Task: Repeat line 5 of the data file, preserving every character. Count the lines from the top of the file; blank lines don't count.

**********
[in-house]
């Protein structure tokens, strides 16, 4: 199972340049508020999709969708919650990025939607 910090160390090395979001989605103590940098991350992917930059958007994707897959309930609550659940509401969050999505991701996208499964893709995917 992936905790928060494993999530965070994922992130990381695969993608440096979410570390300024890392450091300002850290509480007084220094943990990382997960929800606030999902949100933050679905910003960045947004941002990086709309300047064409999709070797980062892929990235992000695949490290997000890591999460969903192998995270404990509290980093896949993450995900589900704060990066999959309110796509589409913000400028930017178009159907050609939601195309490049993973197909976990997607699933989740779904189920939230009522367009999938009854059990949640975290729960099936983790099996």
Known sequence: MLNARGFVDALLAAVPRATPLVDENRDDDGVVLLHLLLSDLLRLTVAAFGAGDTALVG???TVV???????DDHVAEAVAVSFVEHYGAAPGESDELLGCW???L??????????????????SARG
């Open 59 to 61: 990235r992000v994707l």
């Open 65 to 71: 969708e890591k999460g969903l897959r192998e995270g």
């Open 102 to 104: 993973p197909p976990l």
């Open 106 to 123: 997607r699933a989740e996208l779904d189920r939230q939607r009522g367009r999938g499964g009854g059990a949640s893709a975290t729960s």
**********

């Open 65 to 71: 969708e890591k999460g969903l897959r192998e995270g």